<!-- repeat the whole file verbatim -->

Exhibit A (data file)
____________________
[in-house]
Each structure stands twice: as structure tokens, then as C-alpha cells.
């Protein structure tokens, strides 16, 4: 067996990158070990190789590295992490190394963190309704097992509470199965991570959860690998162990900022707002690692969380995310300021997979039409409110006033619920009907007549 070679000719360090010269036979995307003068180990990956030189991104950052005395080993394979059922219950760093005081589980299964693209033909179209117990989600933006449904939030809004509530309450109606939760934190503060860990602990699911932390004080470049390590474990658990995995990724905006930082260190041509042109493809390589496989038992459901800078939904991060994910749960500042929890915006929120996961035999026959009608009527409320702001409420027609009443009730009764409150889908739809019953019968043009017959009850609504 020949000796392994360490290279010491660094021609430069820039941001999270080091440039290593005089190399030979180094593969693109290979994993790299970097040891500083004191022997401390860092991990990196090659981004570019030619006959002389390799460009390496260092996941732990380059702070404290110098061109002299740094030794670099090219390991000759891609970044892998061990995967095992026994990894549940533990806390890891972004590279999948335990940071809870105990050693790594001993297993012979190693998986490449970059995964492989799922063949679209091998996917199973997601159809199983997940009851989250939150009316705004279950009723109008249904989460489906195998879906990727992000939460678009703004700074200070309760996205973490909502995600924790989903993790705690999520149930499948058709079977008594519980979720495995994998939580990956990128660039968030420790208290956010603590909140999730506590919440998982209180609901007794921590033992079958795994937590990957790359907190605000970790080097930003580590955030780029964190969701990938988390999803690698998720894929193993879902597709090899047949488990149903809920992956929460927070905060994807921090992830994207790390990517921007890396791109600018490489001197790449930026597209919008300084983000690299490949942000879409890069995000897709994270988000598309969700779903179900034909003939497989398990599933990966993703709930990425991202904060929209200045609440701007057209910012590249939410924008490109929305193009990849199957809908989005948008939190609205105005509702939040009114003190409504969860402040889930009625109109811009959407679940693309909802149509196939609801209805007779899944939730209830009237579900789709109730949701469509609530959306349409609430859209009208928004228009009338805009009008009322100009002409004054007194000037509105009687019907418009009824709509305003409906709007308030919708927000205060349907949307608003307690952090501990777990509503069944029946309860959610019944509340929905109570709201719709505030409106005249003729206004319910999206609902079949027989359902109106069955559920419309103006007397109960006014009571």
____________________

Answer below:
[in-house]
Each structure stands twice: as structure tokens, then as C-alpha cells.
């Protein structure tokens, strides 16, 4: 067996990158070990190789590295992490190394963190309704097992509470199965991570959860690998162990900022707002690692969380995310300021997979039409409110006033619920009907007549 070679000719360090010269036979995307003068180990990956030189991104950052005395080993394979059922219950760093005081589980299964693209033909179209117990989600933006449904939030809004509530309450109606939760934190503060860990602990699911932390004080470049390590474990658990995995990724905006930082260190041509042109493809390589496989038992459901800078939904991060994910749960500042929890915006929120996961035999026959009608009527409320702001409420027609009443009730009764409150889908739809019953019968043009017959009850609504 020949000796392994360490290279010491660094021609430069820039941001999270080091440039290593005089190399030979180094593969693109290979994993790299970097040891500083004191022997401390860092991990990196090659981004570019030619006959002389390799460009390496260092996941732990380059702070404290110098061109002299740094030794670099090219390991000759891609970044892998061990995967095992026994990894549940533990806390890891972004590279999948335990940071809870105990050693790594001993297993012979190693998986490449970059995964492989799922063949679209091998996917199973997601159809199983997940009851989250939150009316705004279950009723109008249904989460489906195998879906990727992000939460678009703004700074200070309760996205973490909502995600924790989903993790705690999520149930499948058709079977008594519980979720495995994998939580990956990128660039968030420790208290956010603590909140999730506590919440998982209180609901007794921590033992079958795994937590990957790359907190605000970790080097930003580590955030780029964190969701990938988390999803690698998720894929193993879902597709090899047949488990149903809920992956929460927070905060994807921090992830994207790390990517921007890396791109600018490489001197790449930026597209919008300084983000690299490949942000879409890069995000897709994270988000598309969700779903179900034909003939497989398990599933990966993703709930990425991202904060929209200045609440701007057209910012590249939410924008490109929305193009990849199957809908989005948008939190609205105005509702939040009114003190409504969860402040889930009625109109811009959407679940693309909802149509196939609801209805007779899944939730209830009237579900789709109730949701469509609530959306349409609430859209009208928004228009009338805009009008009322100009002409004054007194000037509105009687019907418009009824709509305003409906709007308030919708927000205060349907949307608003307690952090501990777990509503069944029946309860959610019944509340929905109570709201719709505030409106005249003729206004319910999206609902079949027989359902109106069955559920419309103006007397109960006014009571």